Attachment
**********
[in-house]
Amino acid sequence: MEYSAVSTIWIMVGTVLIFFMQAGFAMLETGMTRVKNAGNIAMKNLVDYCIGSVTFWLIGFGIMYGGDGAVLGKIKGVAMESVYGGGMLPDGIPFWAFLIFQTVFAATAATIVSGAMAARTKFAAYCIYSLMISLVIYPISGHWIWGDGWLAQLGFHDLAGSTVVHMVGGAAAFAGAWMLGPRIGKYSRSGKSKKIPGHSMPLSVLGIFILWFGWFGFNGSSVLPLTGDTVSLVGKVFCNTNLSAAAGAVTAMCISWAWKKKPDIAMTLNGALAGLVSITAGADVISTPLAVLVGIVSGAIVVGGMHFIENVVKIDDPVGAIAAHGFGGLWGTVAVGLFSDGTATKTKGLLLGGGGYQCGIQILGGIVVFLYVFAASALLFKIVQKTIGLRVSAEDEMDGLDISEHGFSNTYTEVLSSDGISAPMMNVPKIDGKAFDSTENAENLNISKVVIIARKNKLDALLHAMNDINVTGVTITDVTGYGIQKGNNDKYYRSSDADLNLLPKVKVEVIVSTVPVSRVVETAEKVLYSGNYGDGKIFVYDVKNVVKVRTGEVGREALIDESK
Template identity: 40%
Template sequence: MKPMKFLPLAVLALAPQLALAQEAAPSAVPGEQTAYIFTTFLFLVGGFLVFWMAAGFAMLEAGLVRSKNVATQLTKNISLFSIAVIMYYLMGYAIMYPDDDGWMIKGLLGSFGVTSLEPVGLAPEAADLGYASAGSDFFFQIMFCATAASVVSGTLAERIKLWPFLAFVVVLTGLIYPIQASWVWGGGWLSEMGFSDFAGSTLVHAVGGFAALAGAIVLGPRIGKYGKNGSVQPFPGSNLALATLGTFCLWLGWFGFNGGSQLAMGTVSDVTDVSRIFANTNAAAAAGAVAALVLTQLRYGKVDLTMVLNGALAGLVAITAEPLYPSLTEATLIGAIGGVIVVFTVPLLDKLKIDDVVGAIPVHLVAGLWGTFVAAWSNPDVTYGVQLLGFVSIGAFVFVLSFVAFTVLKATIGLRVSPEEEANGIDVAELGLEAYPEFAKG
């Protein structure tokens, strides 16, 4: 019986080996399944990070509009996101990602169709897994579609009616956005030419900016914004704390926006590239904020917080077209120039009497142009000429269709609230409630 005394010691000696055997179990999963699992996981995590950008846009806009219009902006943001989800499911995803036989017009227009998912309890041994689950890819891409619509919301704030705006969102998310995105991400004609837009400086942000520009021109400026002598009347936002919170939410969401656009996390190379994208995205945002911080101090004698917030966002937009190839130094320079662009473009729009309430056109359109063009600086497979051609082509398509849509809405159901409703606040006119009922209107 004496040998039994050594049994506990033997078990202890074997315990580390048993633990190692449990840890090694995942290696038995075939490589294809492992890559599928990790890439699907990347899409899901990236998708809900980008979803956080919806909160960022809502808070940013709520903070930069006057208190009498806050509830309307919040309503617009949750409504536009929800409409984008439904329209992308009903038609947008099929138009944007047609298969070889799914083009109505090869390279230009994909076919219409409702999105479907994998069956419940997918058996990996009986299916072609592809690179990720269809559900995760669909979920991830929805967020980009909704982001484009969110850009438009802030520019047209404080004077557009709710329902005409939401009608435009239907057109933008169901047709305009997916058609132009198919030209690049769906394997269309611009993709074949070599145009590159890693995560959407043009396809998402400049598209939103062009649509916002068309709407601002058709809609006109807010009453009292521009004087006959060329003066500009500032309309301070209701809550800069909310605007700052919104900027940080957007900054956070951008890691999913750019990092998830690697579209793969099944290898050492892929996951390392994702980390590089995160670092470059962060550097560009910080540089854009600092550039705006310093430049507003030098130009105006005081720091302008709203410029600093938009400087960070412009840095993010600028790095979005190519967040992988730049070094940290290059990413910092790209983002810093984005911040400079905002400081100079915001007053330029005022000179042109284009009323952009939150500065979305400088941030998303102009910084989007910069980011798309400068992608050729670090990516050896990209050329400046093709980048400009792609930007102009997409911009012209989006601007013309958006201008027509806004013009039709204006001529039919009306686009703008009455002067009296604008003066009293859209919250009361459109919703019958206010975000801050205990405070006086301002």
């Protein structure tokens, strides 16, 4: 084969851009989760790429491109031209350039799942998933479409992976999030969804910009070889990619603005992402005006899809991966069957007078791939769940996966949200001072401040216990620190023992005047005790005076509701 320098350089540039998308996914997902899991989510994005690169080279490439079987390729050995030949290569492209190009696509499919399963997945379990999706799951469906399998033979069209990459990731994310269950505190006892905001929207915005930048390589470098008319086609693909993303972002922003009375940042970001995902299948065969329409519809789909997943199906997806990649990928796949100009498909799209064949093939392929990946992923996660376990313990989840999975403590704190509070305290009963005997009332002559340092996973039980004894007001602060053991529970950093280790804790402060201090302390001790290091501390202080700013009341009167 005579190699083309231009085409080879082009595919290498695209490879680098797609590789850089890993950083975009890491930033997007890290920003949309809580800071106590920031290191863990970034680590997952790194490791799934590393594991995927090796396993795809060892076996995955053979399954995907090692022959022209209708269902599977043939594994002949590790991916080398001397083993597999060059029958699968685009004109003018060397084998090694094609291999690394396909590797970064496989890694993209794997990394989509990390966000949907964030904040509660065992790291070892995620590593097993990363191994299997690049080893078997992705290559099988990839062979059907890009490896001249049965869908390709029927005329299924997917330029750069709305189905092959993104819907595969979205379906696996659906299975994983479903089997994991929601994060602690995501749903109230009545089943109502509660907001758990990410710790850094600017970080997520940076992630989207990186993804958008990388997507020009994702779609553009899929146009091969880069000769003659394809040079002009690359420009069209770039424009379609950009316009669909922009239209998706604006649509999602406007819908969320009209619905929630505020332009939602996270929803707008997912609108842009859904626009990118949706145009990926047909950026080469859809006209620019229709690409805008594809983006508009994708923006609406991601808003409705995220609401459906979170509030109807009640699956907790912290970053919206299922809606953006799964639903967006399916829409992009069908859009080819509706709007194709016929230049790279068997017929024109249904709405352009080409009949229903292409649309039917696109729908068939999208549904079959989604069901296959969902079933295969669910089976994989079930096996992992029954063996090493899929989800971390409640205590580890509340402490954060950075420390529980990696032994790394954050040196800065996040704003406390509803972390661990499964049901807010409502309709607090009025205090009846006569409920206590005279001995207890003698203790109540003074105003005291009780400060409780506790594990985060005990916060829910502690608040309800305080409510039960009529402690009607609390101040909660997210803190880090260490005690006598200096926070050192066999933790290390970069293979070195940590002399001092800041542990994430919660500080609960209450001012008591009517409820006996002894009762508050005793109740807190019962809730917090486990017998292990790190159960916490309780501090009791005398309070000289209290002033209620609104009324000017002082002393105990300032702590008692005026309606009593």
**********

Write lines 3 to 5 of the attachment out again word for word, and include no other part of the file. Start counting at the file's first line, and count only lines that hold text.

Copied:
Template identity: 40%
Template sequence: MKPMKFLPLAVLALAPQLALAQEAAPSAVPGEQTAYIFTTFLFLVGGFLVFWMAAGFAMLEAGLVRSKNVATQLTKNISLFSIAVIMYYLMGYAIMYPDDDGWMIKGLLGSFGVTSLEPVGLAPEAADLGYASAGSDFFFQIMFCATAASVVSGTLAERIKLWPFLAFVVVLTGLIYPIQASWVWGGGWLSEMGFSDFAGSTLVHAVGGFAALAGAIVLGPRIGKYGKNGSVQPFPGSNLALATLGTFCLWLGWFGFNGGSQLAMGTVSDVTDVSRIFANTNAAAAAGAVAALVLTQLRYGKVDLTMVLNGALAGLVAITAEPLYPSLTEATLIGAIGGVIVVFTVPLLDKLKIDDVVGAIPVHLVAGLWGTFVAAWSNPDVTYGVQLLGFVSIGAFVFVLSFVAFTVLKATIGLRVSPEEEANGIDVAELGLEAYPEFAKG
């Protein structure tokens, strides 16, 4: 019986080996399944990070509009996101990602169709897994579609009616956005030419900016914004704390926006590239904020917080077209120039009497142009000429269709609230409630 005394010691000696055997179990999963699992996981995590950008846009806009219009902006943001989800499911995803036989017009227009998912309890041994689950890819891409619509919301704030705006969102998310995105991400004609837009400086942000520009021109400026002598009347936002919170939410969401656009996390190379994208995205945002911080101090004698917030966002937009190839130094320079662009473009729009309430056109359109063009600086497979051609082509398509849509809405159901409703606040006119009922209107 004496040998039994050594049994506990033997078990202890074997315990580390048993633990190692449990840890090694995942290696038995075939490589294809492992890559599928990790890439699907990347899409899901990236998708809900980008979803956080919806909160960022809502808070940013709520903070930069006057208190009498806050509830309307919040309503617009949750409504536009929800409409984008439904329209992308009903038609947008099929138009944007047609298969070889799914083009109505090869390279230009994909076919219409409702999105479907994998069956419940997918058996990996009986299916072609592809690179990720269809559900995760669909979920991830929805967020980009909704982001484009969110850009438009802030520019047209404080004077557009709710329902005409939401009608435009239907057109933008169901047709305009997916058609132009198919030209690049769906394997269309611009993709074949070599145009590159890693995560959407043009396809998402400049598209939103062009649509916002068309709407601002058709809609006109807010009453009292521009004087006959060329003066500009500032309309301070209701809550800069909310605007700052919104900027940080957007900054956070951008890691999913750019990092998830690697579209793969099944290898050492892929996951390392994702980390590089995160670092470059962060550097560009910080540089854009600092550039705006310093430049507003030098130009105006005081720091302008709203410029600093938009400087960070412009840095993010600028790095979005190519967040992988730049070094940290290059990413910092790209983002810093984005911040400079905002400081100079915001007053330029005022000179042109284009009323952009939150500065979305400088941030998303102009910084989007910069980011798309400068992608050729670090990516050896990209050329400046093709980048400009792609930007102009997409911009012209989006601007013309958006201008027509806004013009039709204006001529039919009306686009703008009455002067009296604008003066009293859209919250009361459109919703019958206010975000801050205990405070006086301002």